A Taiji quan performance at a Daoist temple in Sichuan
There is hardly a truth more sacred to the contemporary American imagination than that religion must be free from interference by the state and that the state must be free from interference from religion. Neither of these ideals holds true in China, and this fact is an enormous thorn in the side of Chinese-American relations, especially as regards the Tibet question.
The fact is that religions and the state in China have co-existed in something of a symbiotic relationship for thousands of years. In medieval China, Buddhists seeking to ingratiate themselves in the life of the court proposed rituals to bring about the salvation and prosperity of the empire. Daoist priests also ordained emperors and oversaw court rituals. In return, the Emperor bestowed his patronage on monasteries and temples, granting them land, money and prestige. At the heart of this arrangement was a very simple and natural proposition: you help me and I’ll help you. (More…)
By James Miller
In a recent article entitled Two Big China Stories You Missed This Year Jeffrey Wasserstrom, a respected professor of Chinese history at UC Irvine, highlighted the rehabilitation of Confucius as one of the most significant trends in contemporary China. As a historian, his main point was, well, historical. To outsiders it may seem perfectly normal that Chinese leaders want to associate themselves with Confucius, China’s most famous philosopher. But this would be to ignore the fact that for most of the 20th century, Confucius was distinctly out of favour among the CCP leadership. According to Communist revolutionaries, Confucianism was a patriarchal feudal ideology that could have no place in the “new China.” How staggering it was, therefore, to see Confucius at the heart of the mega-spectacle of the Beijing Olympics.
This revival reached new heights during the torch run, when the flame’s arrival in Qufu, the sage’s hometown, was celebrated lavishly. It was then taken to an even higher crescendo during the Opening Ceremony, when Confucius was quoted as Hu [Jintao] and other leaders looked on with approval. Then 3,000 actors took the stage at the Bird’s Nest, dressed up to represent a massive contingent of the sage’s disciplines.
The question here is whether this revival of interest in Confucius actually means anything, or whether it is window dressing on the part of China’s elite.
By James Miller
Christmas, as we all know, is the grand festival of the religion of consumerism. We pay homage to our saviour Santa Claus in the vast cathedral of the shopping mall. There we make a sizeable donation to the faltering economy and, just because it’s Christmas, cheerfully pay the GST to our non-existent government. We stagger home laden under the weight of a vast array of glittering gifts. We then dress them in the finest of wrappings and reverently lay them at the foot of the sacred tree. Over a sacrificial meal of turkey and pinot noir our family bonds are strengthened, relationships renewed, and we settle into a blissful oblivion before the television set.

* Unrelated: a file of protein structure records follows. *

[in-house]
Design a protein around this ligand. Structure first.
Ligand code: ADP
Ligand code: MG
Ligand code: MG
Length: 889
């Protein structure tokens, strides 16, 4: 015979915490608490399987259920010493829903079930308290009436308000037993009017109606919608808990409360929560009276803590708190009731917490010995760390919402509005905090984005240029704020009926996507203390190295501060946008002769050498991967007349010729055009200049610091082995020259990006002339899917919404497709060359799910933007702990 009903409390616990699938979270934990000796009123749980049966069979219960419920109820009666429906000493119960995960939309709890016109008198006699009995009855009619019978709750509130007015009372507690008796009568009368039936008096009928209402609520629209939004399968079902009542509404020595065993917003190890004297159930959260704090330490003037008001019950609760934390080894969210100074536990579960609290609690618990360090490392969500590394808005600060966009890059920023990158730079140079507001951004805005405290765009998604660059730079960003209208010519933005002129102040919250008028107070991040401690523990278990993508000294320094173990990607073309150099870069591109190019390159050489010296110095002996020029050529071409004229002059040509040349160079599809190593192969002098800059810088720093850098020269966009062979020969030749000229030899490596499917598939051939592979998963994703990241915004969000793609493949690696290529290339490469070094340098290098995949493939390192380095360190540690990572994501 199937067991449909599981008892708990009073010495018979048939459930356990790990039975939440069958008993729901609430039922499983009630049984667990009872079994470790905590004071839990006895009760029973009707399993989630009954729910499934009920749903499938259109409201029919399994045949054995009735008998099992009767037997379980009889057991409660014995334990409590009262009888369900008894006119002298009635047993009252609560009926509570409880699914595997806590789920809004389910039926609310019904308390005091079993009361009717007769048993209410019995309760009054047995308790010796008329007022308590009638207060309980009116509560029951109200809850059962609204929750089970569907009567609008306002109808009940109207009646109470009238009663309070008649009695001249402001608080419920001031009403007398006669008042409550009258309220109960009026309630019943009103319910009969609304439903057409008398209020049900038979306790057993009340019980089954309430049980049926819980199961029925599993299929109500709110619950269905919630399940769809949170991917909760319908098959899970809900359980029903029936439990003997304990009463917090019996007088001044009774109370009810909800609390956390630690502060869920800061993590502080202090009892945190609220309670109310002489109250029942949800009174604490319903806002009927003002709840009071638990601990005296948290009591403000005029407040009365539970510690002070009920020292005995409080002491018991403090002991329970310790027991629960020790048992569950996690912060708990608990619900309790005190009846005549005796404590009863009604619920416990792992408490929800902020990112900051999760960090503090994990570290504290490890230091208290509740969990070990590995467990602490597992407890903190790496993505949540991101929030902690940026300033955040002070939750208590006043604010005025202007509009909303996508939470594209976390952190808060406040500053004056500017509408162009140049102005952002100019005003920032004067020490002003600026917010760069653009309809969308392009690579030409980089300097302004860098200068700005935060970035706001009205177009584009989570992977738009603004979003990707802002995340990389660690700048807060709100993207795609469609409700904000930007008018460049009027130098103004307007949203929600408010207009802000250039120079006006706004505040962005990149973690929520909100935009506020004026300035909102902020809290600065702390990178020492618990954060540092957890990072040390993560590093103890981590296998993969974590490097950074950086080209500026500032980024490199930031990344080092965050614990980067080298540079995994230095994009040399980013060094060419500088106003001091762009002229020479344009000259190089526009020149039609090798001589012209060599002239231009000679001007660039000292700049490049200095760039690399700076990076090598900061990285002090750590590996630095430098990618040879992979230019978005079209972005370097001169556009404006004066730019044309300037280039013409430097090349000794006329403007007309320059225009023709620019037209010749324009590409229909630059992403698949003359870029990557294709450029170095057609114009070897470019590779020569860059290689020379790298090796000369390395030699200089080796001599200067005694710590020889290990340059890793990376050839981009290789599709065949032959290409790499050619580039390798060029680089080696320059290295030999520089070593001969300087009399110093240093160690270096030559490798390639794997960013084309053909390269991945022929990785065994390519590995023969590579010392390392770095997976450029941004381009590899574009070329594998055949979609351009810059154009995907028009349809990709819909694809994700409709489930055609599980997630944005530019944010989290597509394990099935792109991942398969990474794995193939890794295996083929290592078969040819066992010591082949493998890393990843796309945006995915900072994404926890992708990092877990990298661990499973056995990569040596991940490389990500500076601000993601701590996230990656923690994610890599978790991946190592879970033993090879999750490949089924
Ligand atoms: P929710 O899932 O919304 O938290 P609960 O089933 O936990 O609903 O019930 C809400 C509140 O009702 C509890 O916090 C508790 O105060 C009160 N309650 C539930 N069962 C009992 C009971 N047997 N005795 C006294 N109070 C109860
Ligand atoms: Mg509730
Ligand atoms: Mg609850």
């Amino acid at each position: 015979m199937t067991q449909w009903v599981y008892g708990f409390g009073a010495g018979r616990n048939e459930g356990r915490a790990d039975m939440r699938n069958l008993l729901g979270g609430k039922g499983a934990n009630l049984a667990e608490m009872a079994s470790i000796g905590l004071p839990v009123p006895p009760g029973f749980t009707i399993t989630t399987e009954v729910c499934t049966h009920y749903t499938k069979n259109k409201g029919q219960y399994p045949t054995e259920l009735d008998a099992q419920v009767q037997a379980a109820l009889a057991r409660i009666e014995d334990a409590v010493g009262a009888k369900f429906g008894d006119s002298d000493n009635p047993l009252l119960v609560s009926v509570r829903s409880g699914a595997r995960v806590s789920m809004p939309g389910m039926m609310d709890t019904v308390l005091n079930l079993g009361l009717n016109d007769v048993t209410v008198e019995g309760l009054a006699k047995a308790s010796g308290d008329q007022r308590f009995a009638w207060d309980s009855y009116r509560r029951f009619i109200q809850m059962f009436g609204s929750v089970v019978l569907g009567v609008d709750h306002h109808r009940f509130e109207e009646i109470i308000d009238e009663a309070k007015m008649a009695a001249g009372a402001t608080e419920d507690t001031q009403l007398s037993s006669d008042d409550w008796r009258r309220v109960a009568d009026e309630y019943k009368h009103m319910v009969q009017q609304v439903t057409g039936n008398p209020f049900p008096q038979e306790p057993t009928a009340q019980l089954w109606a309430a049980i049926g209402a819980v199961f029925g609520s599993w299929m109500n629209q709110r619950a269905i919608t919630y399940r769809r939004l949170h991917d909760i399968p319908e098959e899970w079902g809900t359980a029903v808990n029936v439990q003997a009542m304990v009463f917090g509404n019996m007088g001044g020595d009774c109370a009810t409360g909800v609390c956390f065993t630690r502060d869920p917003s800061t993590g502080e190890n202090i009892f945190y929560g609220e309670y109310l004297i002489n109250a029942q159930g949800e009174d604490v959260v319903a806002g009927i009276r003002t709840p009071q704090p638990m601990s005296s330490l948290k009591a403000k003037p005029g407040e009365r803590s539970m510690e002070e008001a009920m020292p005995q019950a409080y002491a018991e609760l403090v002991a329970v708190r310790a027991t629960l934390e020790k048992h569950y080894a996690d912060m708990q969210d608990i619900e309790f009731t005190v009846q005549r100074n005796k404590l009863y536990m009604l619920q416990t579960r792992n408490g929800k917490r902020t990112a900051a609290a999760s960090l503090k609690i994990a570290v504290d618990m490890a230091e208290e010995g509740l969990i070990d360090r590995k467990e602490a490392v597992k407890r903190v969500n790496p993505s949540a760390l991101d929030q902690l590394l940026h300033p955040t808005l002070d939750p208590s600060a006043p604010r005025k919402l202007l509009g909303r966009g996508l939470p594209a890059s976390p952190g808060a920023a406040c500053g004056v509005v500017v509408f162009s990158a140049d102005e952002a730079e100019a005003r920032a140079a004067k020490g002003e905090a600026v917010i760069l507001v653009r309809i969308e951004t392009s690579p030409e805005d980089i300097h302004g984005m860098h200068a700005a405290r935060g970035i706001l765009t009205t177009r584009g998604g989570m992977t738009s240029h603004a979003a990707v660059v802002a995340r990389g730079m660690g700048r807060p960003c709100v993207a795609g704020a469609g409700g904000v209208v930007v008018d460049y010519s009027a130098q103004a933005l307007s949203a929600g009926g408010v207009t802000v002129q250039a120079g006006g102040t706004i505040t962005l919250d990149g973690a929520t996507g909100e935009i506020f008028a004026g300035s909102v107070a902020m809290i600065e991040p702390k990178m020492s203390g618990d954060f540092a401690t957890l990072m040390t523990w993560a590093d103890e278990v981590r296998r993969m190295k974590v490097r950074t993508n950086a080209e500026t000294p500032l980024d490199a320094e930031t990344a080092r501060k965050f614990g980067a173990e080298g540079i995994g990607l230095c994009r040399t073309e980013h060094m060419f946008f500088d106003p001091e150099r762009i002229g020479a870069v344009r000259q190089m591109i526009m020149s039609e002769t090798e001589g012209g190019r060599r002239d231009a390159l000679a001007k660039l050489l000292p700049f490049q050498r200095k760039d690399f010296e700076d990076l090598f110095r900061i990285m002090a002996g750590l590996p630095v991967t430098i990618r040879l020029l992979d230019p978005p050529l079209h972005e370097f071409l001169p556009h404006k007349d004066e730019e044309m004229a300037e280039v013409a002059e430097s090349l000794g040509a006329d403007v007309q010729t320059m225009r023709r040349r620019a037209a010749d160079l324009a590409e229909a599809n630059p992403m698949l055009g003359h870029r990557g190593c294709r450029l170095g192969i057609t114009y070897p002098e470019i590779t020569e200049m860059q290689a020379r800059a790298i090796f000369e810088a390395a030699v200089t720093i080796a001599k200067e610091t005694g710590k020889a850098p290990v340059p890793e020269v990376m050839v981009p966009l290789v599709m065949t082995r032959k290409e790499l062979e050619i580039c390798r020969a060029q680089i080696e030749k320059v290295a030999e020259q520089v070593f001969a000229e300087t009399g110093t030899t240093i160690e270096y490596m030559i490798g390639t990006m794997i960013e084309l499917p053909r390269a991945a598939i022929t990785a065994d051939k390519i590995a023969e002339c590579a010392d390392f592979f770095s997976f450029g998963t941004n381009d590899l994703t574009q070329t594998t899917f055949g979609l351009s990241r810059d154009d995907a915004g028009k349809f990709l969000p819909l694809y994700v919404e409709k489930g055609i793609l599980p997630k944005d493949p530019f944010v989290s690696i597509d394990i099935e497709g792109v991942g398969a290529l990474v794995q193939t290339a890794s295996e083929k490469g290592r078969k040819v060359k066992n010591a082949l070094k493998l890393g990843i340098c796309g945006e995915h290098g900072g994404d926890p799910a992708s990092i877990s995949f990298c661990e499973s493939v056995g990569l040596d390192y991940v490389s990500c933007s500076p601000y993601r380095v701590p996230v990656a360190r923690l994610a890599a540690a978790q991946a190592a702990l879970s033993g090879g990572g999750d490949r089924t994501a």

By James Miller
An editorial in Friday’s Dallas Morning News argued that Hillary Clinton, the incoming U.S. Secretary of State, should move to “close our diplomats’ religion deficit.” The argument was that in order to succeed in international relations, it’s vital for the state department to understand the role religion plays in shaping the politics and culture of the world. This, in fact, was the theme of former Secretary of State Madeleine Albright’s book The Mighty and The Almighty: Reflections on God, Man and World Affairs.
In modern culture, religion is understood as something that belongs to the private realm, not the public realm. The consequence of this is that people involved in world affairs such as politicians and journalists are trained to deliberately ignore the role played by religion in shaping people’s values and attitudes. Religion, it is argued, plays a diminishing role in the world and is therefore best forgotten. World affairs are to be explained by economics, politics and culture, in that order. This results in a “religion deficit” or a lack of basic “religious literacy,” as the title of Stephen Prothero’s recent book put it.
The fact is, however, that we do not live in a modern world where democracy and science reign supreme. We live is a pluralistic, postmodern world, which lacks a single coherent narrative. We live in a fragmented world dominated by secular post-Christianity, Islam, East Asian values, and conflicts between globalizing traditions and indigenous traditions.
"carry out family planning"
By James Miller
I’ve been following Andrew Revkin’s dot Earth blog at the New York Times. The tag-line of the blog is “Nine Billion People. One Planet” and is premised on the demographic likelihood that by 2050 the world’s population will have increased from six to nine billion, effectively adding another two Chinas to what we have already.
At the same time, the populations of China, Brazil and India are developing their economies at a relatively rapid rate which means that those populations will be commanding a larger ecological footprint than they are doing already. China’s 2001 ecological footprint was 1.5 global hectares per person. Canada’s was 6.4. Assuming that China’s economic development will bring about an expansion of its ecological footprint, the results could be catastrophic to say the least. (More…)